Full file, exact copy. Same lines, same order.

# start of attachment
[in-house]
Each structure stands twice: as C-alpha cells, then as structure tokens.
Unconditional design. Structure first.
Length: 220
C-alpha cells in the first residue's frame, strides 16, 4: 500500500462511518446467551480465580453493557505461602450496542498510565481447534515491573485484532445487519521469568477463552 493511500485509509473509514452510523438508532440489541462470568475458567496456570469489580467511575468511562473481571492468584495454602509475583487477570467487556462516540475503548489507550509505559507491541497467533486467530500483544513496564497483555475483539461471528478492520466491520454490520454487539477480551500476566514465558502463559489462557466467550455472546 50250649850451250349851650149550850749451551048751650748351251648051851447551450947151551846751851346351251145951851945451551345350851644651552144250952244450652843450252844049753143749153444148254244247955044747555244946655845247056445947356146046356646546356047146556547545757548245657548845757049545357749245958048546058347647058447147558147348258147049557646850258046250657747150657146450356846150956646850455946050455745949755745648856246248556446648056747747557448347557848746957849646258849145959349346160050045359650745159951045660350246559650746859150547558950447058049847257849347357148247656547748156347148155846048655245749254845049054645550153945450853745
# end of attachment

[in-house]
Each structure stands twice: as C-alpha cells, then as structure tokens.
Unconditional design. Structure first.
Length: 220
C-alpha cells in the first residue's frame, strides 16, 4: 500500500462511518446467551480465580453493557505461602450496542498510565481447534515491573485484532445487519521469568477463552 493511500485509509473509514452510523438508532440489541462470568475458567496456570469489580467511575468511562473481571492468584495454602509475583487477570467487556462516540475503548489507550509505559507491541497467533486467530500483544513496564497483555475483539461471528478492520466491520454490520454487539477480551500476566514465558502463559489462557466467550455472546 50250649850451250349851650149550850749451551048751650748351251648051851447551450947151551846751851346351251145951851945451551345350851644651552144250952244450652843450252844049753143749153444148254244247955044747555244946655845247056445947356146046356646546356047146556547545757548245657548845757049545357749245958048546058347647058447147558147348258147049557646850258046250657747150657146450356846150956646850455946050455745949755745648856246248556446648056747747557448347557848746957849646258849145959349346160050045359650745159951045660350246559650746859150547558950447058049847257849347357148247656547748156347148155846048655245749254845049054645550153945450853745